While I have learned not to take it personally when my work is not accepted into a juried exhibition, I have not yet learned to do the same when someone unsubscribes from my blog. Feedblitz feels it is necessary to let me know when someone has unsubbed - and WHY. Why am I wounded to the quick when someone opts out of receiving my updates? God knows I have done the same -- when I am overwhelmed, when I am consistently bored with a blog, or when in fact, I no longer find the content relevant to my life or interests. So why should I take it personally when someone leaves my blog for the same reasons? Sigh...
I guess I am haunted by the comment about my content. What is no longer relevant about it? Is it too personal? Does it stray too far from ART topics? Do I show too much of my work in process -- or not enough? Or, after 4 yrs of blogging, have I become redundant? Not thoughtful enough? Too superficial? Second-guessing is an exercise in futility, so I shall move on.
Another day in the studio and a scarf commission. But here is the problem when somebody says "I want THAT one" and it is already sold. They say "make me one like it." But there is no such thing. You can maybe put some of the same elements into another piece (and this is not just scarves, but any artwork - right?) - but it will never be the one they fell in love with that was already taken. So for those of you who do commissions, how do you deal with it? I left a bunch drying - but one of a kind is one of a kind.
In the meantime, the scarves are not only a change of pace, they are major avoidance. I have two pieces needing to be stitched and I have not been in the mood. Maybe once my right eye is back to normal, I will be in a better mood to sew. I have been to the eye doctor so often that one of my friends asked whether I was having an affair with him. SNORT. Friday, Monday, and now tomorrow I am seeing the retinologist because I have a swollen macula - a side effect of my Sept. cataract surgery. Fun, fun, fun.
Winter has crashed into New Jersey - there was a dusting of snow on the cars early this morning; gone by the time I was up and out. But winter jacket, clogs:-( and gloves are now the order of the day. Bleh. Today, I brought my own homemade soup for lunch - the Caribbean health food place is still shuttered.Meanwhile, back at the house...there may be a freeze warning for tonight, but I can still pretend it is warm as I water my asparagus fern. Look at these red berries: does anybody know whether they are just decorative or are seeds or what? (Can you tell I'm plant-challenged?). Funny that they only appear after I've brought the plant indoors. I mean, what blooms in November?The titanium-sole-plated Panasonic iron I ordered from Amazon arrived today. Sarah Ann Smith raved so much about hers, to which nothing reportedly sticks, that I decided I needed one, too. After all, nobody can have too many irons. Now I just have to decide whether I use it here or take it to the studio.Ok, now I understand why that person ditched my blog. Who on earth wants to hear about irons? Time for some dark chocolate.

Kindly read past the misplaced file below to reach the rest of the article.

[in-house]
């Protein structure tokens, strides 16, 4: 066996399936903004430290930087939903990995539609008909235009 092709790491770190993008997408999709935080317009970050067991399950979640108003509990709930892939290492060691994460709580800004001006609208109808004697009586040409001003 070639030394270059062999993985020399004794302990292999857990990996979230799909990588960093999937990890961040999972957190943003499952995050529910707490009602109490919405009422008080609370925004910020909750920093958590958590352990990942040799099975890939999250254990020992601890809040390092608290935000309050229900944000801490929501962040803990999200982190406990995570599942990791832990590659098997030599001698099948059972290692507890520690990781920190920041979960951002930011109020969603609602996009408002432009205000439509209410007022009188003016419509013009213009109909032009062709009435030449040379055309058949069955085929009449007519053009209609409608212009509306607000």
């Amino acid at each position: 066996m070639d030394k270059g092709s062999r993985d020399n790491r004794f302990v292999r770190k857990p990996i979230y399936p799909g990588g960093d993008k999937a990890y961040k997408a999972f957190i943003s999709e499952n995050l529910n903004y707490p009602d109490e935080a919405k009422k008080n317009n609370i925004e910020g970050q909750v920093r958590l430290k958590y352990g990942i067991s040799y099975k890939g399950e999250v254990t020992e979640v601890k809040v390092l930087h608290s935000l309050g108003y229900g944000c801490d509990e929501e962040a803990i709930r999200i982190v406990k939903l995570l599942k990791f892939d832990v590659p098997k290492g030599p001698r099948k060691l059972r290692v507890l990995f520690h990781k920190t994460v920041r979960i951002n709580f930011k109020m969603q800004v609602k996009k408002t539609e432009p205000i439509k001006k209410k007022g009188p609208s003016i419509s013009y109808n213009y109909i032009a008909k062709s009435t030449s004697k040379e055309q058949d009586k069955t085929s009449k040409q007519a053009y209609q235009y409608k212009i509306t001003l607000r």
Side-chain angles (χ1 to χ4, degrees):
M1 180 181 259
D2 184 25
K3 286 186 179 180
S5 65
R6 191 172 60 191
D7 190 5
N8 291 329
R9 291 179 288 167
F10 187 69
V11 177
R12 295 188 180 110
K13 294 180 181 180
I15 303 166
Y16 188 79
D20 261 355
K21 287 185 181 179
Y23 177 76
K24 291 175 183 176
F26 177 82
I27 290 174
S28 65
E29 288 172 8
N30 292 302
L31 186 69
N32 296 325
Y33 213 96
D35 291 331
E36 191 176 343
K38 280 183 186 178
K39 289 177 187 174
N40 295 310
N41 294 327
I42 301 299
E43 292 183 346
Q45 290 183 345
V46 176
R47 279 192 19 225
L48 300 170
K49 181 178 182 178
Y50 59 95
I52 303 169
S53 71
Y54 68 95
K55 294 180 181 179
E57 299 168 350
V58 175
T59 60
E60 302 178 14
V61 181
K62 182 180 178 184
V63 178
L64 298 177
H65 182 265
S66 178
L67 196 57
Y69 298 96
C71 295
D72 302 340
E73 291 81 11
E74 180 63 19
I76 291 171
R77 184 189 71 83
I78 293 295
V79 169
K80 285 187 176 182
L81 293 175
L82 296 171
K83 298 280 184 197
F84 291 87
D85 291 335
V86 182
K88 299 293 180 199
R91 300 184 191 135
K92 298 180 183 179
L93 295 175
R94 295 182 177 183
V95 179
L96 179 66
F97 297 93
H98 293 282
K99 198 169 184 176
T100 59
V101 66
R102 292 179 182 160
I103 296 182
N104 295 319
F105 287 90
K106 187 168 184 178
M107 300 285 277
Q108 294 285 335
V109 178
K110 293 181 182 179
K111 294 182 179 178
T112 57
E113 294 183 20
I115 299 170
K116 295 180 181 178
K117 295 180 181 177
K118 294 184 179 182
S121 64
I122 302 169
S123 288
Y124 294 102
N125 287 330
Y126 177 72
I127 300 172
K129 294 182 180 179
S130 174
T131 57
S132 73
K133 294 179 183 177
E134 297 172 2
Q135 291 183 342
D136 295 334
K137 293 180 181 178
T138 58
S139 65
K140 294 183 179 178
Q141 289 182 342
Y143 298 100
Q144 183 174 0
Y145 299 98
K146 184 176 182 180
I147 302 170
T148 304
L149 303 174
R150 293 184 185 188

I always come home ravenous after my printmaking class on Monday nights. It must be the stress of having to plan ahead to make those prints. Last week's assignment was to glue leaves and twigs to a plate and print. After crawling around on the ground outside the studio and picking up some things I hoped were not poisonous, I trudged upstairs and tried to glue them to a piece of board and slathered gel medium over everything. Have you ever attempted to glue dried leaves and twigs down flat? All I can say is "don't." After going through all that work, I'm not sure the results were worth it. I think I like the immediacy of monoprinting better - but I'm keeping an open mind.These two were not too bad, but the first two ended up in the trash. All I could think was this: "if this were fabric, I could wash it out." But when I tried to wash out the first ugly print, it didn't work. I wonder why.I am washing some chiffon scarves I batik'd this morning at the studio after dyeing them the other night at home. I ask myself why I do this - it is so much work. At least, the way I do scarves, because there are so many layers. Am I nuts?
Anyway, here is one I was working on today. Since I hate pink, I can't imagine how it ended up that color. I think the scarf gods were trying to challenge me. EeewwwwwAfter dye-painting what seemed like several thousand layers till I was happy, here is what it looks like now.And then another pink one that I batik'd, dyed, discharged, and overdyed. I think it's done.Same deal as in my previous post - pre-Thanksgiving sale $60 -postage included. Silk chiffon - machine wash, hang to dry. And now, it is an ungodly hour so I am going to bed.